UBC President Santa Ono speaks on: ” Faith Seeking Understanding”

7 PM, Wednesday, September 28, University Chapel

sponsored by Scriptorium Study Centre

Radcliffe Camera Library Oxford
Posted by: gcarkner | July 26, 2022

GFCF 2022-23 Lecture Series

GFCF @ UBC (The Forum) Speakers for the 2022-23 Academic Year

1. September 22, 2022: Michael Higgins, Principal of St Mark’s College and President at Corpus Christi College, UBC      

An Open Inquiry into the Ongoing Clerical Sex Abuse Crisis

Join Zoom Meeting


This will involve Michael’s state of the art exploration when it comes to clerical abuse of children:  improvements made, new challenges that have surfaced, suggestions moving forward. He co-authored with Peter Kavanaugh the ground-breaking book Suffer the Children Unto Me.


Michael W. Higginsa native Torontonian, is an author, scholar, Vatican Affairs Specialist for The Globe and Mail, Papal Commentator for the CTV Network, educator, CBC Radio documentarian, columnist. He has served as President and Vice-Chancellor of two Canadian Catholic universities, St. Jerome’s University in the University of Waterloo, Ontario, and St. Thomas University, Fredericton, New Brunswick, and as Vice-President for Mission and Catholic Identity at Sacred Heart University in Fairfield, Connecticut. He was named Distinguished Professor Emeritus of Catholic Thought in the Fall of 2020. He is currently Principal and President respectively of St. Mark’s College and Corpus Christi College, at University of British Columbia. He is author of several important books and a recognized Thomas Merton scholar.

2. October 25, 2022: Daniel K. Williams, Professor of History, University of West Georgia.                           

How Should Christians Think about Politics?


Does it matter how Christians think about political proposals that touch on moral issues such as poverty relief, racial justice, immigration, abortion, marriage, sexuality, and other matters that relate to biblical principles and human dignity?  What happens when Christians disagree with each other on these issues?  Is one political position or political party more “Christian” than another?  In this session, Dr. Williams will explore the recent history of Christian political activity and the reasons why political disagreements among Christians have become more heated lately.  He will then look at some ways to transcend partisan thinking and pursue Christian principles in the political sphere that should challenge those on both the left and the right.


Daniel K. Williams received his PhD from Brown University in 2005. He is a professor of history at the University of West Georgia and has taught there since 2005. He was the William E. Simon Visiting Fellow in Religion in Public Life, James Madison Program in American Ideals and Institutions, Princeton University, 2011-12. Dr. Williams’ research focuses on the intersection between politics and religion in modern America. He is author of numerous articles and books including: God’s Own Party: The Making of the Christian Right. Oxford University Press, 2010 which was the recipient of the 2011 Phi Alpha Theta Best First Book Award; The Election of Evangelical Jimmy Carter, Gerald Ford and the Presidential Contest of 1976. University Press of Kansas, 2020; and The Politics of the Cross: A Christian Alternative to Partisanship. Eerdmans, 2021 (the theme of this presentation). 

3. January 26, 2023: Dr. Michael Ward, Black Friars, Oxford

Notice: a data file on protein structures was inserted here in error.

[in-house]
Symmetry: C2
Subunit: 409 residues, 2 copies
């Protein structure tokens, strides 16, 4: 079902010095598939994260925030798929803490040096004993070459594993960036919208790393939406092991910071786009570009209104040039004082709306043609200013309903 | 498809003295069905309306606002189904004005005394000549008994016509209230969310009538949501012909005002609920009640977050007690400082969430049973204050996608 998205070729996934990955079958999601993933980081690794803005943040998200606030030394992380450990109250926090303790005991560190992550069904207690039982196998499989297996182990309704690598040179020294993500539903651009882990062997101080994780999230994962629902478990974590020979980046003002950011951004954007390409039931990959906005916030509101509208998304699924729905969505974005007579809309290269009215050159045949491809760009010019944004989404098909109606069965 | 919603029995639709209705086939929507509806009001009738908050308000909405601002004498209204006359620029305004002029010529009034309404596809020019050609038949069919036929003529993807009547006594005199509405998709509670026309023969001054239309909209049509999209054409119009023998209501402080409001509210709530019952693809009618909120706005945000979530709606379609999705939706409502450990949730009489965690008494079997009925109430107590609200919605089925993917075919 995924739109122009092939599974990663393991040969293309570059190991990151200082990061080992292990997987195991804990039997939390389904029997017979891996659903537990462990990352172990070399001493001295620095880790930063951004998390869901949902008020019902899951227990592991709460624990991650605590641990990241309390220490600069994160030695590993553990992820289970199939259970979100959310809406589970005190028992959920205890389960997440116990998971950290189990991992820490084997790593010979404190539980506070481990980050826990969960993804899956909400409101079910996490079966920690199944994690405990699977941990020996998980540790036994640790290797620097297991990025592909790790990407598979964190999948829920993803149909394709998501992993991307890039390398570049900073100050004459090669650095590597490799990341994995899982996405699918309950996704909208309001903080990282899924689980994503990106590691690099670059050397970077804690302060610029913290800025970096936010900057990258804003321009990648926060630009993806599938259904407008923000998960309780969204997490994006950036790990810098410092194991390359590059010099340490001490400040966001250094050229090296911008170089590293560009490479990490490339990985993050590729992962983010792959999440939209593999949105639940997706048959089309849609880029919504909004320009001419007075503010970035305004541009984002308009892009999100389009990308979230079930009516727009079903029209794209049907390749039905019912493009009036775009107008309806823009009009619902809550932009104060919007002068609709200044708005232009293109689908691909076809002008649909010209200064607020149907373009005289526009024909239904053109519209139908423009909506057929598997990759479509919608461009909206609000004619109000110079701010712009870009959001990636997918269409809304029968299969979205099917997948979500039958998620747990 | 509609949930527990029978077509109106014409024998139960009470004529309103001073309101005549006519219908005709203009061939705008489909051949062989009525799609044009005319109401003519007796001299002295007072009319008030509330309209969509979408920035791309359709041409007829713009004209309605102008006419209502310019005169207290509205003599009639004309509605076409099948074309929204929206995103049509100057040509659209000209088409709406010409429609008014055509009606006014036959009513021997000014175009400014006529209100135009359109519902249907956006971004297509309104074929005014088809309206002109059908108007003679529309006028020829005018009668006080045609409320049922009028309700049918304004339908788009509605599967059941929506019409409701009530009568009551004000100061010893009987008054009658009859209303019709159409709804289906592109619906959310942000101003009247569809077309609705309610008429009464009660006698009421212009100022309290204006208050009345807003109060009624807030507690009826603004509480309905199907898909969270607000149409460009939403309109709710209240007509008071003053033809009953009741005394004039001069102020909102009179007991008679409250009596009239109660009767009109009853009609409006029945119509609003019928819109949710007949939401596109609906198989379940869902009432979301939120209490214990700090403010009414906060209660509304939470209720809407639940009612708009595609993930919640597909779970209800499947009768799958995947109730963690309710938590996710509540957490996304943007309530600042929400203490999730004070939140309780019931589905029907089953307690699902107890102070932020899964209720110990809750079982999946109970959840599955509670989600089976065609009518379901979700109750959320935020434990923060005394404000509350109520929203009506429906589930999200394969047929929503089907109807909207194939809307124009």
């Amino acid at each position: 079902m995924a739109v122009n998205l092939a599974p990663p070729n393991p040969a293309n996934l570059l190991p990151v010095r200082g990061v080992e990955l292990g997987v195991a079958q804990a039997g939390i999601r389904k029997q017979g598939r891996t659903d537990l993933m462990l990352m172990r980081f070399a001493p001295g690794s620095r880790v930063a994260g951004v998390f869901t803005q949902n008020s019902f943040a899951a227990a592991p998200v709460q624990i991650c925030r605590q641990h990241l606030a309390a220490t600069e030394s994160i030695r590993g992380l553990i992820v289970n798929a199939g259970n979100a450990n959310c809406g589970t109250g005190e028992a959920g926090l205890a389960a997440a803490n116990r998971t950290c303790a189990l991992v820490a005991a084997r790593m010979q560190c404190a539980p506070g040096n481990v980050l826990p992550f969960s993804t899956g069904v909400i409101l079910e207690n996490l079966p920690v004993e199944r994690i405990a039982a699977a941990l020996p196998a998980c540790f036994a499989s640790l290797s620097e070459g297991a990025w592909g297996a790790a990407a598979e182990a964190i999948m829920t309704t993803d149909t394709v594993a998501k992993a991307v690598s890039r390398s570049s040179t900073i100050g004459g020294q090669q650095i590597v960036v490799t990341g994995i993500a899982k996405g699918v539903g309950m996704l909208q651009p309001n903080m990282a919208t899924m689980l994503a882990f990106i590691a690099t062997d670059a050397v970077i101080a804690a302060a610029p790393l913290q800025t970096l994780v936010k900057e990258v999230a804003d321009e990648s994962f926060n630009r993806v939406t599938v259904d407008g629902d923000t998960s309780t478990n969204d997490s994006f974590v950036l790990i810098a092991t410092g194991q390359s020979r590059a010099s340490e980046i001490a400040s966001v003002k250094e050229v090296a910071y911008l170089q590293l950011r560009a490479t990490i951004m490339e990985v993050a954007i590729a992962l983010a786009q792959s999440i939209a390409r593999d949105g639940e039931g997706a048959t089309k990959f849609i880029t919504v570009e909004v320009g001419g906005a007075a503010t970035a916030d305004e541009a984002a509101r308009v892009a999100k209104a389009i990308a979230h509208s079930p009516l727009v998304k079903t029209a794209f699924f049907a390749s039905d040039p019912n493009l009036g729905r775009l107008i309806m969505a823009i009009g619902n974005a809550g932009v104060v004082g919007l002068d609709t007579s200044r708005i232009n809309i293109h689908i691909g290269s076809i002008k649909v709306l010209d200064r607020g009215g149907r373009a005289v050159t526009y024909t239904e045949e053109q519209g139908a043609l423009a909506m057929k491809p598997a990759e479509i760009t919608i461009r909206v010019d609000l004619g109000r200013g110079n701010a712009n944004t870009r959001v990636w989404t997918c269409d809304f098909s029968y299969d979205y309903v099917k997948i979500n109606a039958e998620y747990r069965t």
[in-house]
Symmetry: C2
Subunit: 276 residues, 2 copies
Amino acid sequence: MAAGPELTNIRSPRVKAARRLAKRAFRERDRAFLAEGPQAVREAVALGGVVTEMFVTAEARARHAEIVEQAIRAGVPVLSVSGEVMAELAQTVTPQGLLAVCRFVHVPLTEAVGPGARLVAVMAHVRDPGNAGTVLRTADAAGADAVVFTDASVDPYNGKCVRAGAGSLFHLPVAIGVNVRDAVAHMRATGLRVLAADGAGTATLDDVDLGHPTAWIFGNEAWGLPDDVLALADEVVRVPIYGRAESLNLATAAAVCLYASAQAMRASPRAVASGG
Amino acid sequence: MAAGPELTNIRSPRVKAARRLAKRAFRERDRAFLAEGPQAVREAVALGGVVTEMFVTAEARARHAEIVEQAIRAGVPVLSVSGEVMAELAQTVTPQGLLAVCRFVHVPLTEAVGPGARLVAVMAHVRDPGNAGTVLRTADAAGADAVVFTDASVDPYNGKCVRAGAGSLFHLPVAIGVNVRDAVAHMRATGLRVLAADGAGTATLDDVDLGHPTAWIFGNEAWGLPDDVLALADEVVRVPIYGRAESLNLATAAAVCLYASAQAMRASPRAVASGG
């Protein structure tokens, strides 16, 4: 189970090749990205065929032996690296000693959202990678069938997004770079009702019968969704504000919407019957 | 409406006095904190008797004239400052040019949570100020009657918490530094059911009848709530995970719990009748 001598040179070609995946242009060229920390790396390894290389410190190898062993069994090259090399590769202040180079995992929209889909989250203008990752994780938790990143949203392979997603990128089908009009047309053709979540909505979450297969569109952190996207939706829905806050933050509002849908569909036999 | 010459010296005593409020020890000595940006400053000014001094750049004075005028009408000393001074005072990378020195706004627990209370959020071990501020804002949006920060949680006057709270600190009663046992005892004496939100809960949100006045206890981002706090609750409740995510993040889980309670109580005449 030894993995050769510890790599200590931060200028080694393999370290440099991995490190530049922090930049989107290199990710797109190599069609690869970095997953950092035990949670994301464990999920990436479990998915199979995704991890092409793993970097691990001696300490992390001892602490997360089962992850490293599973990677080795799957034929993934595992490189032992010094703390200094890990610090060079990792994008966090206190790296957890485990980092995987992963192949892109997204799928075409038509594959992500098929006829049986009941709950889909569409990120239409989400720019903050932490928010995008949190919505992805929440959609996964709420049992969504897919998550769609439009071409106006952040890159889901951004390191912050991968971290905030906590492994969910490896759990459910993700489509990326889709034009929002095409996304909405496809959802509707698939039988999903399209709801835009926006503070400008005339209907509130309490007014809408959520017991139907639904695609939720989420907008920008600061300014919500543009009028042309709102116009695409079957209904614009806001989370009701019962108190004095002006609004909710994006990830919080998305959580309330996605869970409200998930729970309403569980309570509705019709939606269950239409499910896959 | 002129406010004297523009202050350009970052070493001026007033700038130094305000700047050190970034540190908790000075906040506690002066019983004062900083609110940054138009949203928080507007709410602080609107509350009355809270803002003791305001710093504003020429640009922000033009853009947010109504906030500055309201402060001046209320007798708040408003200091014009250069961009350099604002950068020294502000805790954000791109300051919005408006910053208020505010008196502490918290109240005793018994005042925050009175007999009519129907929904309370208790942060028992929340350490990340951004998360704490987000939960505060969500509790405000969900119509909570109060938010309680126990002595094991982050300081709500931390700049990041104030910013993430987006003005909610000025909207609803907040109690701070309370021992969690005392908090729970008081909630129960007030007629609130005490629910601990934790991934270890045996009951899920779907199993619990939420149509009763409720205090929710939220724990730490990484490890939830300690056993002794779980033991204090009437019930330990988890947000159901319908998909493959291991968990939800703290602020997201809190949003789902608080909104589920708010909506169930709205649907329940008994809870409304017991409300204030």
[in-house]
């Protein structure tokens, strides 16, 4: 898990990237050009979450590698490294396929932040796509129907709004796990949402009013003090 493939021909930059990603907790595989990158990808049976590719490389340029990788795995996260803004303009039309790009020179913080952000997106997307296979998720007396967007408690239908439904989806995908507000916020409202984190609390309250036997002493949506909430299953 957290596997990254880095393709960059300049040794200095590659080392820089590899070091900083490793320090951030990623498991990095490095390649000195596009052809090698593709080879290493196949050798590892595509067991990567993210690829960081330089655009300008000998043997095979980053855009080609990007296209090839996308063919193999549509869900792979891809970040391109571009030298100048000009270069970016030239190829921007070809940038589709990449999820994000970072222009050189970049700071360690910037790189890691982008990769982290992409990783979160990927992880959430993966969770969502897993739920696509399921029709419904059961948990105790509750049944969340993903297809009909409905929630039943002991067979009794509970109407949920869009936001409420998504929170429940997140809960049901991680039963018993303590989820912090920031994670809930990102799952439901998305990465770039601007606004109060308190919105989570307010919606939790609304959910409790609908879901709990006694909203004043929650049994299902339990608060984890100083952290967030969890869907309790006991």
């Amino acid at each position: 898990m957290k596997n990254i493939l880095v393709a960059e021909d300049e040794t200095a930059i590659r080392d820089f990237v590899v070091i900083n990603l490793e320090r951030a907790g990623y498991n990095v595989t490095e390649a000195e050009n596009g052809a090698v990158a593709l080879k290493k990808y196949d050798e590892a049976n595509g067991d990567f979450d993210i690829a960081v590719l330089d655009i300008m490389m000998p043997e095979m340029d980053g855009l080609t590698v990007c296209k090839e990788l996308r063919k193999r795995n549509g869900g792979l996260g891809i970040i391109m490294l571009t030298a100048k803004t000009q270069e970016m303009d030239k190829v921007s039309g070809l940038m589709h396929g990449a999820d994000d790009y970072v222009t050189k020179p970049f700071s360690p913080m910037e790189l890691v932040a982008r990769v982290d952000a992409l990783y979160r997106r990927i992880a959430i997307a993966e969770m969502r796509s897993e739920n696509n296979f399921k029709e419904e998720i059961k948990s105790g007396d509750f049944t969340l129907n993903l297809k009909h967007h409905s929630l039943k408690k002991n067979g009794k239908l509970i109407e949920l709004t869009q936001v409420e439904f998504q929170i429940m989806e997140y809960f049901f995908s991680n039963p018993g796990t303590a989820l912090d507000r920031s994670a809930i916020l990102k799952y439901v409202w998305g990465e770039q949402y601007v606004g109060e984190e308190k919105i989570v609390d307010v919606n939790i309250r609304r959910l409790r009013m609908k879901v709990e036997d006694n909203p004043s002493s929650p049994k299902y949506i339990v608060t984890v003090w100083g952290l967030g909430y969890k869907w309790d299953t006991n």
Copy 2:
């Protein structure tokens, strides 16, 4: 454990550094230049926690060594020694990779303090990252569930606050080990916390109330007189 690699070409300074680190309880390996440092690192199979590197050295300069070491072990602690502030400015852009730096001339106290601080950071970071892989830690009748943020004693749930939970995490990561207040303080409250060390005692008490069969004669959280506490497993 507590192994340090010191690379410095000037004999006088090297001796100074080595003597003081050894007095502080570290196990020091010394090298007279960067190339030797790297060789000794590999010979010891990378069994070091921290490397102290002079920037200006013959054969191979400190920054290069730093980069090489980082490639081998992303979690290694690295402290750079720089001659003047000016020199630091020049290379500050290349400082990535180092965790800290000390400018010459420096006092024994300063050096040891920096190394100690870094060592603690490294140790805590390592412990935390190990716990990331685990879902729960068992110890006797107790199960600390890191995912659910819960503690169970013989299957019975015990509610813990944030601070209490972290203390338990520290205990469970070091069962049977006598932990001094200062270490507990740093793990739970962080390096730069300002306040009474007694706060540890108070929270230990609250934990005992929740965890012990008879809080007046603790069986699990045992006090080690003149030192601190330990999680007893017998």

C. S. Lewis on Appearance and Reality in the Christian Life.


C. S. Lewis knew well that Christians walk “by faith, not sight”, as the apostle Paul puts it (2 Corinthians 5:7).  But what is the difference between faith and sight?  How does faith differ from delusion?  Michael Ward will explore these themes as they are presented in Lewis’s writings, especially his fiction, and in particular his best-known works, the seven Chronicles of Narnia.


Michael Ward is the author of the award-winning Planet Narnia: The Seven Heavens in the Imagination of C.S. Lewis (Oxford University Press), co-editor of The Cambridge Companion to C. S. Lewis (Cambridge University Press) and presenter of the BBC television documentary, The Narnia Code. A member of the Faculty of Theology and Religion at the University of Oxford in his native England, Dr. Ward is also Professor of Apologetics at Houston Baptist University.  He studied English at Oxford, Theology at Cambridge, and has a PhD in Divinity from St. Andrews University, Scotland. He played the role of Vicar in the film ‘The Most Reluctant Convert: The Untold Story of C.S. Lewis’ and handed a pair of X-ray spectacles to Agent 007 in the James Bond movie ‘The World Is Not Enough.’ In real life he is a Catholic priest, assisting at Holy Rood Church, Oxford alongside his work as an academic. His latest book is After Humanity: A Guide to C.S. Lewis’s The Abolition of Man (Word On Fire Academic). 

4. Tuesday, March 14 @ 4 PM: Dr. Matthew Lynch, Old Testament Professor @ Regent College

 The Land Keeps the Score: Violence in Creation According to the Old Testament


Most scholarly and popular treatments of violence in the Old Testament focus on social or personal dimensions of violence and its impact. Similarly, contemporary Christian attempts to grapple with the challenges of violence in Scripture often focus on the ethics of human-on-human or divine-on-human violence. While important, these approaches fail to address the Old Testament’s emphasis on the land as a victim of human violence. According to the Old Testament, the land bears the marks of violence because violence is, fundamentally, an ecocidal phenomenon. This talk explores this reality in Scripture and its implications for contemporary ethical reflection. 


Matthew Lynch spent the final year of his doctoral studies in Göttingen, Germany, remaining there as a postdoctoral researcher for another year following the completion of his PhD. He was subsequently hired at the Westminster Theological Centre in the UK, serving for seven years there in roles including Dean of Studies, Academic Dean, and Lecturer in Old Testament. During this time, he also lectured at Nashotah House and Grand Rapids Theological Seminary. He is the author of First Isaiah and the Disappearance of the Gods (Eisenbrauns),  Portraying Violence in the Hebrew Bible: A Literary and Cultural Study (Cambridge, 2020), and Monotheism and Institutions in the Book of Chronicles: Temple, Priesthood, and Kingship in Post-Exilic Perspective (Mohr Siebeck, 2014). He also has a forthcoming volume entitled Flood and Fury: Engaging Old Testament Violence (IVP). Matthew is a founder and co-host of the OnScript podcast. He is married with two children.

These lectures are in part sponsored by the UBC Murrin Fund